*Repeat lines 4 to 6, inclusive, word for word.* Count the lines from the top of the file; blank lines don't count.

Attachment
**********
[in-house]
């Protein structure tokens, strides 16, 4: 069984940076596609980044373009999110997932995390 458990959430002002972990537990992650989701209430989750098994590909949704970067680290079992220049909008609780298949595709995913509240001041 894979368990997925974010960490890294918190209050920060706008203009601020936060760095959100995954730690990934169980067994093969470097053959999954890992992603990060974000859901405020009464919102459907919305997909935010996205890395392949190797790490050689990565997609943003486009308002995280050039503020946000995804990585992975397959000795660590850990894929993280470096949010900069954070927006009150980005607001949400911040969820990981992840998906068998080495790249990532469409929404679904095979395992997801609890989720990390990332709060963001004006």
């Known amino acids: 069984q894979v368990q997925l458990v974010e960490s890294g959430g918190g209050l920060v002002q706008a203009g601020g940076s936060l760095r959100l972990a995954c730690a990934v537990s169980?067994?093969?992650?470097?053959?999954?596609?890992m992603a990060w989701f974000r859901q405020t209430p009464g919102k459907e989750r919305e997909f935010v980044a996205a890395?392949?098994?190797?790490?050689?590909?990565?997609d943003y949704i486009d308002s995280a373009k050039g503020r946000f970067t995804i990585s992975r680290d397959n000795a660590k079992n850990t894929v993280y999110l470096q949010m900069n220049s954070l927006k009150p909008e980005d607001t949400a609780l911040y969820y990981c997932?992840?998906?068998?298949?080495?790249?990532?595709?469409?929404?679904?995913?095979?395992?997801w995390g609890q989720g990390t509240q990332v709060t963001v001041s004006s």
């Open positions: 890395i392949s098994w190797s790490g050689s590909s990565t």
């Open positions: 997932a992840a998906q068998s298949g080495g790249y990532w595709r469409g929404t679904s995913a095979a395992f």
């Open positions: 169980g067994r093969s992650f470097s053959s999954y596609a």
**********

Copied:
């Open positions: 890395i392949s098994w190797s790490g050689s590909s990565t």
């Open positions: 997932a992840a998906q068998s298949g080495g790249y990532w595709r469409g929404t679904s995913a095979a395992f």
């Open positions: 169980g067994r093969s992650f470097s053959s999954y596609a």